Hostage drama in Lagos ends “the best possible way”

The tense eight-hour stand-off that saw the coastal town of Lagos plunged into a hostage drama involving a man armed with a sawn-off shotgun and an arsenal of weapons on Monday ended in the best way possible.

“Thankfully, we are not mourning the death of a policeman,” PSP commander António Viola Silva told a press conference an hour after his men had taken 40-year-old father-of-two António Duarte into custody.

But it could so easily have been very different. The shot that Duarte had fired as police approached him shortly after he barricaded himself into the Lagos offices of the CPCJ – the commission for the protection of children and minors – only nicked a police officer in the head “by chance”, said Viola Silva.

The ensuing eight hours of negotiations – combined with a long press interview that was aired on live TV – saw Portugal’s new-style of policing in action.

Constant updates were published on the PSP Facebook page, followed by hundreds of people – and when the drama had finally come to a close, agents were applauded as their vans and vehicles pulled out of the uptown area that had been cordoned off since shortly after 9.15am in the morning.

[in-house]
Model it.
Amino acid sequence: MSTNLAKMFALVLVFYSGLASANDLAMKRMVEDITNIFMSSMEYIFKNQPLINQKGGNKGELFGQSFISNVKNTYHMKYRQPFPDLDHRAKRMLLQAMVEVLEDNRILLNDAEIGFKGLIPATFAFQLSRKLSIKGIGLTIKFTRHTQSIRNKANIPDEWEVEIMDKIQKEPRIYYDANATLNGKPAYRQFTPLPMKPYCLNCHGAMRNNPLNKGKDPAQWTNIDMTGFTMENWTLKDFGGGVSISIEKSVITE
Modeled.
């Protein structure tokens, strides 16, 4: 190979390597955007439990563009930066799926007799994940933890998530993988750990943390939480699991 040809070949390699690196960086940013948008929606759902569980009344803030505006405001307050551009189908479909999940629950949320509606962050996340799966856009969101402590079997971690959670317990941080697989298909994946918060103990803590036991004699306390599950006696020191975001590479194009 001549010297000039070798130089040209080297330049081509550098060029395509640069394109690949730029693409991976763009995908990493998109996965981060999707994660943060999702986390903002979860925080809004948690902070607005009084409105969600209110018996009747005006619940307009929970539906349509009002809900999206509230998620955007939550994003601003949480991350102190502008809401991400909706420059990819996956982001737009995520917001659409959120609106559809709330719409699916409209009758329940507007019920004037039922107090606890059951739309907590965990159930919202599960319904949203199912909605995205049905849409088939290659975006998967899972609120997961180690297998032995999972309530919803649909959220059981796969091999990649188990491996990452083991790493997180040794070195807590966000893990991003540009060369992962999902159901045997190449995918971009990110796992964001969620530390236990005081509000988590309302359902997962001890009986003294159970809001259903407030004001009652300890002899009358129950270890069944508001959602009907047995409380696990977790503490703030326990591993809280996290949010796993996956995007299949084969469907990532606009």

As for Duarte, he will now face a gamut of charges – almost certainly including one of attempted murder.

Said Viola Silva, it was “just luck” that there were no victims.

Intriguingly, one of the three hostages released unharmed was an off-duty GNR agent, in civilian clothes. It is unlikely that Duarte even knew this. The other hostages were a teacher and psychologist who worked at the CPCJ. All involved were given psychological counselling at the scene.

Viola Silva itemised the weapons carried by Duarte: a sawn-off shotgun, a 7.65 mm pistol, 29 cartridges, 24 bullets and a field knife.

Duarte’s reason for taking hostages and barricading himself into the ground floor building was that he wanted to speak to his two teenage children, from whom he claimed to have been separated by the authorities.

During a 20-minute interview with CMTV, he insisted that once he had spoken with his children, he would give himself up.

Police organised the conversation, and “true to his word”, wrote Correio da Manhã, Duarte then released his hostages and allowed himself to be arrested.

As CMTV explained throughout its reports, Duarte was already known to police for domestic violence.

This morning, Correio da Manhã confirms that the children and Duarte’s estranged wife are in a safe house “protected by APAV”, the national victims support association.

By NATASHA DONN [email protected]